But in one of the worst moves in Hollywood history, Monroe’s management team advised her to reject the part which famously went to Audrey Hepburn.
It became the defining role of Hepburn’s career which also made her a fashion icon.
The novelist Truman Capote wanted Monroe to play Holly Golightly in the 1960 film adaptation of his book Breakfast at Tiffany’s.
She turned it down because it was considered that playing a call girl-like character would harm her image.
The script, that is now going up for sale, is accompanied by a scathing report by Monroe’s manager Edward Parone, who described it as “empty” and “lacking warmth and importance.”
He added the words: “I think not” when giving his opinion on whether Monroe should take the role.
The film was a huge hit and won two Oscars. Hepburn was nominated for an Academy Award for best actress.
The script, which is dated July 9, 1959 and comes with a shooting schedule for the film for November 1960, is tipped to tell for £7,000 at auction.
However, it could fare far better than its conservative estimate as Hepburn’s own script for the film fetched a world record £632,000 when it went under the hammer in London last month.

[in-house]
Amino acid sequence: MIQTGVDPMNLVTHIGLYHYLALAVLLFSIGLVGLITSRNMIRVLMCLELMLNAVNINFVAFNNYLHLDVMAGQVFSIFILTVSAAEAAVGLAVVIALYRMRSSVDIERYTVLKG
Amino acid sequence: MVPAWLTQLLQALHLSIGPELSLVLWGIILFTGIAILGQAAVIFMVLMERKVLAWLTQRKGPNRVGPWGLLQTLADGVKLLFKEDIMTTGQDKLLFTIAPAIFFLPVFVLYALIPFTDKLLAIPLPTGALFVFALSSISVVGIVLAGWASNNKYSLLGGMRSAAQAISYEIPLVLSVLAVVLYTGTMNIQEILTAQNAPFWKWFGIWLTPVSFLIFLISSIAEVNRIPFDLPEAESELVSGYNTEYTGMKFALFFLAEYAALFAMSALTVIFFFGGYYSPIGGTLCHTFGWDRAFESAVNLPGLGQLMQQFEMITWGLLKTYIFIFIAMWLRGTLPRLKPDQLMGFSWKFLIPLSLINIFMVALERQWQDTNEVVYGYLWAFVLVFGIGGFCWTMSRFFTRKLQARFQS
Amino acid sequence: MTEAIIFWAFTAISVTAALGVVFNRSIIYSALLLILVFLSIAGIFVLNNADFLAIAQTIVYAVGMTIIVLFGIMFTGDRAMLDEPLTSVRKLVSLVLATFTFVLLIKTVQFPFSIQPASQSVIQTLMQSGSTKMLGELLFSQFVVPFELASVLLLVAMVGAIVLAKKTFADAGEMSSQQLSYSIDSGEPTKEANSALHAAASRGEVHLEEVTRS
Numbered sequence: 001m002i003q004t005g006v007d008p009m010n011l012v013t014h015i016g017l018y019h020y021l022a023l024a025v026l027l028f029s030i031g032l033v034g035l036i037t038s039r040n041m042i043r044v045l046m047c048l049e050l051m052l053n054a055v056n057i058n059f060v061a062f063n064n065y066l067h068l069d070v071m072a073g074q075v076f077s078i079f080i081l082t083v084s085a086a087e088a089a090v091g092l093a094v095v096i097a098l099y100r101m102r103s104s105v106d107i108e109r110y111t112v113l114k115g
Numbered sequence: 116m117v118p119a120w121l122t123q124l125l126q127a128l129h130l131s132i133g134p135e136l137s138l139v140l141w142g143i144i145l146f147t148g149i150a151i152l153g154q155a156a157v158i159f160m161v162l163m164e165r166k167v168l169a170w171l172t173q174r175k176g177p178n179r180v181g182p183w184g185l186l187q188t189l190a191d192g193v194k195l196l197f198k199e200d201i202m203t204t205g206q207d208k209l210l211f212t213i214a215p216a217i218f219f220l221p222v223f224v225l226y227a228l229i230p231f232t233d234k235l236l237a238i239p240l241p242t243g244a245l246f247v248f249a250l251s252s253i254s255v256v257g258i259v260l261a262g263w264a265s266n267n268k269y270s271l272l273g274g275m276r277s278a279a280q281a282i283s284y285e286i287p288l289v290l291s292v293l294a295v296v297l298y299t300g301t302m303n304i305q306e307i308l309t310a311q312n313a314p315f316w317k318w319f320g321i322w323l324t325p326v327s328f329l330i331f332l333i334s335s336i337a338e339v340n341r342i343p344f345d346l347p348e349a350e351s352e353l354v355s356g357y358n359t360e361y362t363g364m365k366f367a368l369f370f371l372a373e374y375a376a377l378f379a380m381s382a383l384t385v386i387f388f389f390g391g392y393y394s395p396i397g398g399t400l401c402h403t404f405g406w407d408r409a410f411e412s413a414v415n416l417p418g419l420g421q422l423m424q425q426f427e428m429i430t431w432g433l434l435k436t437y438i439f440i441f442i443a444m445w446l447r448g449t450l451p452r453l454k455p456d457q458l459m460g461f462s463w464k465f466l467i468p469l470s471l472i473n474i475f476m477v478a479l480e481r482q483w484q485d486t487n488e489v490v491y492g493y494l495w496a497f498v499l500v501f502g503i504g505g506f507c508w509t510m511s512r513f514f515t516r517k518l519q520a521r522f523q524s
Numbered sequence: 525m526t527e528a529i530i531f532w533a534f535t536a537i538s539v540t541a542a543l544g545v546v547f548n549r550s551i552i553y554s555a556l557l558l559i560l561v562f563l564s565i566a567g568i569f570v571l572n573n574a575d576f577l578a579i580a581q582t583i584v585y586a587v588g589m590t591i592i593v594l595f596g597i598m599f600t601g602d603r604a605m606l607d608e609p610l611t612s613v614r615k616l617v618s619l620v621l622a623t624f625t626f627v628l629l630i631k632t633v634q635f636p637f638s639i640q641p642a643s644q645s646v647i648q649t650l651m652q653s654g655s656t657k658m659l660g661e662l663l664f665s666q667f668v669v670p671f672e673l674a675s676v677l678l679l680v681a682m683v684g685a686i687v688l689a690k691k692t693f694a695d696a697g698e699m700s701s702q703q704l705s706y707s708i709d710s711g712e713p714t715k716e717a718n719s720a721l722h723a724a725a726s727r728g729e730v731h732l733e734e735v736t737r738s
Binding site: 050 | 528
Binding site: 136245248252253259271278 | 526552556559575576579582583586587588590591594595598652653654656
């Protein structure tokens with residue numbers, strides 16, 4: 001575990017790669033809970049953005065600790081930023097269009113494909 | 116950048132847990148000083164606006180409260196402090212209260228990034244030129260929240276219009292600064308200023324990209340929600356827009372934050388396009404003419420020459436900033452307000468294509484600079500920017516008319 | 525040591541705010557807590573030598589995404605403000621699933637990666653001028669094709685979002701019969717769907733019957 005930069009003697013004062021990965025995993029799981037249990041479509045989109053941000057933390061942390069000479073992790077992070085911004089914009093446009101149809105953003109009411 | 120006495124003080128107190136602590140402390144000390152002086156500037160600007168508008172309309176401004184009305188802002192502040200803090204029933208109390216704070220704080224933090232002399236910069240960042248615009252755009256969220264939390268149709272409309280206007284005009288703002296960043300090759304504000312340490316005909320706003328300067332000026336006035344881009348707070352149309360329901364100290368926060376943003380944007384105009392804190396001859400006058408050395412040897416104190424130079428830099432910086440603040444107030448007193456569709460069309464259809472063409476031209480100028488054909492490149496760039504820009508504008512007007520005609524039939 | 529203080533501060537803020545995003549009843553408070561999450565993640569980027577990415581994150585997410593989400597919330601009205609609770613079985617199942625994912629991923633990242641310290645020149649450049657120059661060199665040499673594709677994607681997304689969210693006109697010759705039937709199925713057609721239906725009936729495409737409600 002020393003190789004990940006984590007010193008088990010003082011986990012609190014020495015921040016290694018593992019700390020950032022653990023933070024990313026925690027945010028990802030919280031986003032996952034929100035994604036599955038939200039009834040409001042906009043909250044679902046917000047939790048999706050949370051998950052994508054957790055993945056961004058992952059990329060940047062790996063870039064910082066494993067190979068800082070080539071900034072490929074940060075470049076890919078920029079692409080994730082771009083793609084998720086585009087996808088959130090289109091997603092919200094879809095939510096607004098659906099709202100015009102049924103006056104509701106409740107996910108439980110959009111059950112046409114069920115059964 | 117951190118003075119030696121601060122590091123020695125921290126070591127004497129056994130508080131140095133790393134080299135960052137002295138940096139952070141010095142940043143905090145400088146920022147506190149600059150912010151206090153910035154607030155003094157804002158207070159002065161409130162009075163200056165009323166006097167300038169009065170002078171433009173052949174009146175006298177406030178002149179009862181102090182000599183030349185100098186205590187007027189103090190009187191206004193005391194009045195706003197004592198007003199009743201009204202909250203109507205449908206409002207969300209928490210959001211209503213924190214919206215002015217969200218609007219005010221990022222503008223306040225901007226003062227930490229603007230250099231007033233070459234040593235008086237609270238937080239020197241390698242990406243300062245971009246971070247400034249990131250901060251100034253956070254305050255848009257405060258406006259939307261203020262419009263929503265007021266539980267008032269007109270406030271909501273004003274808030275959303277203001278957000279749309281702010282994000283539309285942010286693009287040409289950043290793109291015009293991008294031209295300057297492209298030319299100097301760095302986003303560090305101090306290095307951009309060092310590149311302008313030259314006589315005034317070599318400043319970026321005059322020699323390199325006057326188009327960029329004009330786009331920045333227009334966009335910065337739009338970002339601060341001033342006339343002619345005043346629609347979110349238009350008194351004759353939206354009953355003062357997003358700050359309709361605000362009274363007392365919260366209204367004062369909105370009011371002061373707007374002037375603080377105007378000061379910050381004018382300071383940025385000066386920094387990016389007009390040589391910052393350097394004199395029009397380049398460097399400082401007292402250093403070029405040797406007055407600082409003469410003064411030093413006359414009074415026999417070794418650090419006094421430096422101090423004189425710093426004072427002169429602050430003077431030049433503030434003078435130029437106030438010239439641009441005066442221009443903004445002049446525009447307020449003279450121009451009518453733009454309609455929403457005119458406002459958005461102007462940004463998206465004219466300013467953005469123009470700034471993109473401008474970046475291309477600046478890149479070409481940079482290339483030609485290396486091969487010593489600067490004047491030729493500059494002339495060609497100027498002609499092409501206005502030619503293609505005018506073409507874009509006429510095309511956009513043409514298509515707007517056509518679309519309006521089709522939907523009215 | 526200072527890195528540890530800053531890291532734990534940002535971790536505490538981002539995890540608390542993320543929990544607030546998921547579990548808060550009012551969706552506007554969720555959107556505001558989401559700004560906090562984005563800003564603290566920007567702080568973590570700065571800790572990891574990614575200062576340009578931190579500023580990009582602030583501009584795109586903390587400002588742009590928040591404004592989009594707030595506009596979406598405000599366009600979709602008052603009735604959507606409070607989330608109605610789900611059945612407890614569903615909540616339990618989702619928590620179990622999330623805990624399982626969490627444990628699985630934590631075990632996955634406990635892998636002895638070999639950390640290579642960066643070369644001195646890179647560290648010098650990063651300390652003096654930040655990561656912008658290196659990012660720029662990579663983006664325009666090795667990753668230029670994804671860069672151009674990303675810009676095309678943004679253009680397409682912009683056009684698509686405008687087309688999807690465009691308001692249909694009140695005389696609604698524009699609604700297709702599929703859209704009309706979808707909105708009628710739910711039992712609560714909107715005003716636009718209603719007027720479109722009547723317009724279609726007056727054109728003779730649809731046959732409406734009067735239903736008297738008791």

The script comes from the estate of Monroe’s acting coach, Lee Strasberg, to whom she left everything to following her death in 1962.
Martin Nolan, of US-based Julien’s Auctions who are selling the script, said: “What is most interesting about this item is that it reveals Marilyn was offered the role but turned it down because her advisers told her not to take it.
“The script comes with a scathing letter from the head of Marilyn’s production company which sets out why it was wrong for her.
“Marilyn was a keen reader and I imagine she would have poured over the script but she would listen to her acting coach Lee Strasberg and her management when making decisions.
“It would be fascinating to re-write history and wonder if she would have taken the role what it would have done to her career and Audrey Hepburn’s career.
“There is a huge global interest in anything to do with Marilyn and we are hopeful this script will do much better than the estimate.”
In the one page ‘report’ by Parone dated September 23, 1959, he doesn’t hold back in his withering assessment of George Axelrod’s screenplay.
Parone writes: “It is a curiously empty script. There is almost no drama at all, and it is not very funny.
“I found Holly unbelievable, more a literary stunt than a person.
“I can see Marilyn playing a part like Holly and even giving this present one all the elan it badly needs, but I don’t feel she should play it.
“It lacks insight and warmth and reality and importance.”
The auction takes place on November 17.